The Global Fund is an important institution to strengthen global public health systems. It invests in many areas to improve procurement and supply chains, strength data systems, train health professionals, strength community responses and promote more integrated service delivery.

Global Fund Strategy 2017-2022

It is important to adopt a long-term strategy to define priorities among partners in the fight against HIV, tuberculosis and malaria.

AIDS

Timely antiretroviral therapy for HIV can save lives, halts the spread and remains a cost-effective solution. The institution’s strategy has reduced the costs of antiretroviral treatment, allowing several States to administer the antiretroviral treatment to more people. Aware of the fact that testing and treatment by themselves will not solve the epidemic, the Global Fund is committed to improving the scale and quality of prevention and care services.

Tuberculosis

Further research is essential to the effective control of tuberculosis. As the Global Fund is the leading external source of funding against the various forms of drug-resistant tuberculosis in developing countries, it will continue to work closely with partners to develop new medicines and diagnostic techniques.

Malaria

The institution has expanded access to long-lasting insecticide-treated nets, one of the most cost-effective tools for reducing the incidence of malaria. In the poorest countries, the Global Fund supports chemo-prevention campaigns for seasonal malaria. It works actively with its partners to improve prevention and treatment tools.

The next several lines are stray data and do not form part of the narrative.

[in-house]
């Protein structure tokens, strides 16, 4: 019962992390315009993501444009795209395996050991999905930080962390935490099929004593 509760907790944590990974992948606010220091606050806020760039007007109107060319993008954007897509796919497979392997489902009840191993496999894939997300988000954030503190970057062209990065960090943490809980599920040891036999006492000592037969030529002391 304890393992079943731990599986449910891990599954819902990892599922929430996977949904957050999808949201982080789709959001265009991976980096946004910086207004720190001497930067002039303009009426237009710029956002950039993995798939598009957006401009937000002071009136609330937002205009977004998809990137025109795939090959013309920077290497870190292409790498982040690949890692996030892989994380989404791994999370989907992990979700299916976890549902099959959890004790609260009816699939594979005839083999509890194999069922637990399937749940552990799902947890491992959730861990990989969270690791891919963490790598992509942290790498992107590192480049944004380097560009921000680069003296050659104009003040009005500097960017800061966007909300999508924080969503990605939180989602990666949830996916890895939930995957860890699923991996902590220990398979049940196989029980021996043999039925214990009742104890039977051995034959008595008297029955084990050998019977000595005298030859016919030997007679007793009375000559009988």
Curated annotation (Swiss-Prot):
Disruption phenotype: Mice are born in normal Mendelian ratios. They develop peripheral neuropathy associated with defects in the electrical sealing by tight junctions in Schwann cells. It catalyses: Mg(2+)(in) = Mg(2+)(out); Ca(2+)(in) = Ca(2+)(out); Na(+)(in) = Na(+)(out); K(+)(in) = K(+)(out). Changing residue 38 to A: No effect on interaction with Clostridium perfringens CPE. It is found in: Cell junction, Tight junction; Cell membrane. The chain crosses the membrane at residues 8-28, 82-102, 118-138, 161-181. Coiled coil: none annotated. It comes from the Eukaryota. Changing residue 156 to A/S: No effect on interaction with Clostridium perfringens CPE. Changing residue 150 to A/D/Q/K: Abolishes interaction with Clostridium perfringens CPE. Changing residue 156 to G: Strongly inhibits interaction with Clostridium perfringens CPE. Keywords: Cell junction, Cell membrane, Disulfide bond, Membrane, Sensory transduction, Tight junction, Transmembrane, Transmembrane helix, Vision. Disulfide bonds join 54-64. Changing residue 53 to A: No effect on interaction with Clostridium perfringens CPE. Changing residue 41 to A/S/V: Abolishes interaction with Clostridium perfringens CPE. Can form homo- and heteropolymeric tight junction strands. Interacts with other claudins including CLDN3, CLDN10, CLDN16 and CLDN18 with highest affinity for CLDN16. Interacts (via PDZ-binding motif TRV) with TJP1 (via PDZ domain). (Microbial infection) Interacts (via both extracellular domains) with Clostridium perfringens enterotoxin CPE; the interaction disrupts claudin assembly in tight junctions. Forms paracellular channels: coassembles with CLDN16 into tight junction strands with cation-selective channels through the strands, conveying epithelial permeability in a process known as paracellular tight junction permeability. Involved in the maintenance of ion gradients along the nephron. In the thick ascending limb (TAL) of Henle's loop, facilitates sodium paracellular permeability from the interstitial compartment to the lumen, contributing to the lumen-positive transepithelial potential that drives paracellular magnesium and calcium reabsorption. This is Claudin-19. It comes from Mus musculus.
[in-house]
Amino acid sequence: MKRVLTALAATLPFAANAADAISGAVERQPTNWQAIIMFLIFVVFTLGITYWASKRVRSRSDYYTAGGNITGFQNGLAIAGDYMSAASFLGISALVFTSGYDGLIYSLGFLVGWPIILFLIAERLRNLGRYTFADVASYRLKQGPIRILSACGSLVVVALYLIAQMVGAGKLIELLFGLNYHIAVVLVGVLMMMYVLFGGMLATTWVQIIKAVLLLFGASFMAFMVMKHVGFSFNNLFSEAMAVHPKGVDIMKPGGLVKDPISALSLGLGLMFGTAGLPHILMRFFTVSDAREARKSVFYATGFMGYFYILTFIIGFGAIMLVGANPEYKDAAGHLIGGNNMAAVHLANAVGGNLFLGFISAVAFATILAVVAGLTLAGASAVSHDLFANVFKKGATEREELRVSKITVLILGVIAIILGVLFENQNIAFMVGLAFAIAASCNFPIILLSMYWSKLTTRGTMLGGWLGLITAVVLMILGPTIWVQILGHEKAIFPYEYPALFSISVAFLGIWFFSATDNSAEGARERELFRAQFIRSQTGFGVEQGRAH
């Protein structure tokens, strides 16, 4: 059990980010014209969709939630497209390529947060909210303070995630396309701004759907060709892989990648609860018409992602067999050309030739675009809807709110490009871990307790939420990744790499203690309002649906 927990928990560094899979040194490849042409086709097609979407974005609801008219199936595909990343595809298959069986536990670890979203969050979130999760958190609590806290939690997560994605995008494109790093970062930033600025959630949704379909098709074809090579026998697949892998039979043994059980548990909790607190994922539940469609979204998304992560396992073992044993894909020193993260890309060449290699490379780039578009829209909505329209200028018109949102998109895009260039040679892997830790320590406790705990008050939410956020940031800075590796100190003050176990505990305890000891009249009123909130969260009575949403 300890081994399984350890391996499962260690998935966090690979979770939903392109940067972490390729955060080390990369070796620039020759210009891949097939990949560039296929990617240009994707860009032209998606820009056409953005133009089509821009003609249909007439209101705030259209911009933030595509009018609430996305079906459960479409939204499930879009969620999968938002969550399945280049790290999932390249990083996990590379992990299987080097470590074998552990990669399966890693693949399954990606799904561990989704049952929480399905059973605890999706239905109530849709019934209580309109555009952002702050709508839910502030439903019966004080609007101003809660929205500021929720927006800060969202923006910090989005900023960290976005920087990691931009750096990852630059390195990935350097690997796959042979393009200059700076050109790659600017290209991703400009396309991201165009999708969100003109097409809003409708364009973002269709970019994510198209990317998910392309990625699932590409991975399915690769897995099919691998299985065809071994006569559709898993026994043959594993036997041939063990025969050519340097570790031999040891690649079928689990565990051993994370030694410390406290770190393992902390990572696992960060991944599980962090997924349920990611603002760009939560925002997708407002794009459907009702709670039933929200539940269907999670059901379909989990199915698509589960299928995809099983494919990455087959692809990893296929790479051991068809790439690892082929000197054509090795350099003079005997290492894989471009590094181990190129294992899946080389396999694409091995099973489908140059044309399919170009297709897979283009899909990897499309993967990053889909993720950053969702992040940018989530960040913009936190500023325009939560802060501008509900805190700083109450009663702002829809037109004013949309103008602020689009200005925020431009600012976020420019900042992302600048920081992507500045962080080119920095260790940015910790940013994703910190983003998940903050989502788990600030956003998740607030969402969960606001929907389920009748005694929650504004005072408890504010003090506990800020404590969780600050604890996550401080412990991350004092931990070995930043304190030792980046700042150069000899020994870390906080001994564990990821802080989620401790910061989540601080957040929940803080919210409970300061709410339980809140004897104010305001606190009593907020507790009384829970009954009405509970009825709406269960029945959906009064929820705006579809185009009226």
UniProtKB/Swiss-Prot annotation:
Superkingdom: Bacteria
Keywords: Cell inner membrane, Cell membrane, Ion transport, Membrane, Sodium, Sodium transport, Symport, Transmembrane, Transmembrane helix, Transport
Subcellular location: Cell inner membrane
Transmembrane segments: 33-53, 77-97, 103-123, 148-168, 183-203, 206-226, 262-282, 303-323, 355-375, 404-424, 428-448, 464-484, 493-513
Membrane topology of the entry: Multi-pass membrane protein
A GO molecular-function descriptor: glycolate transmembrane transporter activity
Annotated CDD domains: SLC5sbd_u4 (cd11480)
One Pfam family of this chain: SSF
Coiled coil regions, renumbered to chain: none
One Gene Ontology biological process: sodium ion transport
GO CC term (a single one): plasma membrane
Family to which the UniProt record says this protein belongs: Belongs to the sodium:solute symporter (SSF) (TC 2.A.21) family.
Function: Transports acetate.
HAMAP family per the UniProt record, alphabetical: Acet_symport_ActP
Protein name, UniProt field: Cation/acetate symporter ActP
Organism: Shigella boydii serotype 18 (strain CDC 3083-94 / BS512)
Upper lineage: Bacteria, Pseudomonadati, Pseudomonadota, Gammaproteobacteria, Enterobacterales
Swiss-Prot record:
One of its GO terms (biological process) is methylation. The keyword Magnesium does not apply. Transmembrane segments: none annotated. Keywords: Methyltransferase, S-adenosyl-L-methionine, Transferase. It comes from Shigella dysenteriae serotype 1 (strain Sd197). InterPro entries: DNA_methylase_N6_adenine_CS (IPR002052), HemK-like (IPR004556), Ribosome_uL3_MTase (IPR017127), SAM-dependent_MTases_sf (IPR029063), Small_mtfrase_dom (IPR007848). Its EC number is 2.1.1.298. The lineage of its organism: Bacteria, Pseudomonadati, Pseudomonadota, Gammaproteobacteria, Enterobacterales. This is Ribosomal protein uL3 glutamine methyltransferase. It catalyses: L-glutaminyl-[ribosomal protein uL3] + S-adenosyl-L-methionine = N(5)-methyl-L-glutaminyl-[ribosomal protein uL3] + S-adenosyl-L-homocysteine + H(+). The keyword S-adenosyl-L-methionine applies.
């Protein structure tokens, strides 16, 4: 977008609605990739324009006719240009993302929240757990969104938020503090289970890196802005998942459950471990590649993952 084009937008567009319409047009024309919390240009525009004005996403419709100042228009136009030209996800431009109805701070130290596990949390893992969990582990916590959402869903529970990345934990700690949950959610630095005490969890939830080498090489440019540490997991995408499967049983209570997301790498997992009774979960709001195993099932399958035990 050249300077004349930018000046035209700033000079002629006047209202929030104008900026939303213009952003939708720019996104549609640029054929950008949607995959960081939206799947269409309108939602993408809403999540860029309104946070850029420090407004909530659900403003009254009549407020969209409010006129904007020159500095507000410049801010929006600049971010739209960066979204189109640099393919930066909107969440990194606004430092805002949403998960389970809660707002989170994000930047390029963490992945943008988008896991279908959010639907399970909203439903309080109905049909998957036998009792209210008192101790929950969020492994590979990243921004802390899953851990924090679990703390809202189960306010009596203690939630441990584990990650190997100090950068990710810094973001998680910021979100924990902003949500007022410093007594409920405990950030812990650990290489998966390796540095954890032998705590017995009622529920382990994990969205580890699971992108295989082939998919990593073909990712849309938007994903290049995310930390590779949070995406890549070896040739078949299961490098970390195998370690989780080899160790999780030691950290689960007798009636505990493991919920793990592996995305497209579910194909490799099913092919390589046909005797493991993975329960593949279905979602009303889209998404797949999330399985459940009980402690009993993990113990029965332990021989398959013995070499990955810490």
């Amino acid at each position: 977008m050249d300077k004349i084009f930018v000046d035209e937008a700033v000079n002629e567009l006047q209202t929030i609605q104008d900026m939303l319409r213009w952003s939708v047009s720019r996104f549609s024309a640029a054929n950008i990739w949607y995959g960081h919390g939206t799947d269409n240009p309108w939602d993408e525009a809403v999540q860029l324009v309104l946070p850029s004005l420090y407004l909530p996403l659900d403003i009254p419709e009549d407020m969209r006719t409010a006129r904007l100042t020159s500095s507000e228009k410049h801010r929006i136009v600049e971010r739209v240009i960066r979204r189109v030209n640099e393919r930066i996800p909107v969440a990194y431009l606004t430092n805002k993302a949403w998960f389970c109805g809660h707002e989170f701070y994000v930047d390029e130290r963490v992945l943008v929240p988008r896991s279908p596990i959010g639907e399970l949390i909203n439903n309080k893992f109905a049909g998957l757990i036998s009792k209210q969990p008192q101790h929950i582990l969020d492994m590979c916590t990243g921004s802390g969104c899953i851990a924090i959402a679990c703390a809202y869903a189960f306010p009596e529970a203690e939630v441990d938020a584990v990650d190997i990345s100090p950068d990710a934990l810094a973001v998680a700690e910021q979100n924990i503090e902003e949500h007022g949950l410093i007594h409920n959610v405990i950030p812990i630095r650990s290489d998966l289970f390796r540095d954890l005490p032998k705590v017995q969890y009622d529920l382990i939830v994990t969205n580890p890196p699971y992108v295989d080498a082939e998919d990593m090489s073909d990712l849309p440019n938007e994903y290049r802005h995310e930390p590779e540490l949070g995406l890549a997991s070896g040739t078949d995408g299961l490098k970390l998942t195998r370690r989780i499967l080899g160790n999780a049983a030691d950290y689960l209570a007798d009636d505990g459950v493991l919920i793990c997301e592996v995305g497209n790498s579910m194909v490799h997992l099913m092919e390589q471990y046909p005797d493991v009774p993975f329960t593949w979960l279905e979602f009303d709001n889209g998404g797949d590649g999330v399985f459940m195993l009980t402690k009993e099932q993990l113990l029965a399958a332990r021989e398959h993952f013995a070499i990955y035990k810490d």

“Building resilient and sustainable systems for health are a pathway to ending the epidemics of HIV, Tuberculosis and Malaria and to achieving Sustainable Development Goal 3: health and well-being for all.”

Together it is possible to limit the harmful impact of these epidemics and even eradicate them to save as many lives as possible. The founders of the Global Fund understood it, and the institution is doing everything possible to achieve this goal.

Further reading:

Global Health Challenges over the Next 25 Years

The Humanitarian Crisis in Congo

 

Milinda Wannakula |Project Coordinator Specialising in International Relations Milinda Wannakula |Project Coordinator Specialising in International Relations

Driven by my desire to learn and understand international issues, I oriented my studies towards International Affairs, an academic background which required an analytical mind and helped me sharpen my communication skills in English and in French.

I have always wanted to help others; so, I headed for humanitarian and international organizations. As a project coordinator for diverse NGOs, I learned how to plan, organize and implement projects. During my internship at the Geneva International Peace Research Institute, we launched an international conference with researchers from all over the world. I had to take care of the logistics of the event and to manage my team. I also did the accounting of the event and booked all their flights and hotels for the participants. I had to multitask to meet tight deadlines. My versatility and my resistance to pressure allows me to find solutions quickly.

Now, I want to evolve in a stimulating environment and continue putting my skills to work for others. Rigorous and methodical, I am committed to always performing the tasks assigned to me with the smile that characterizes me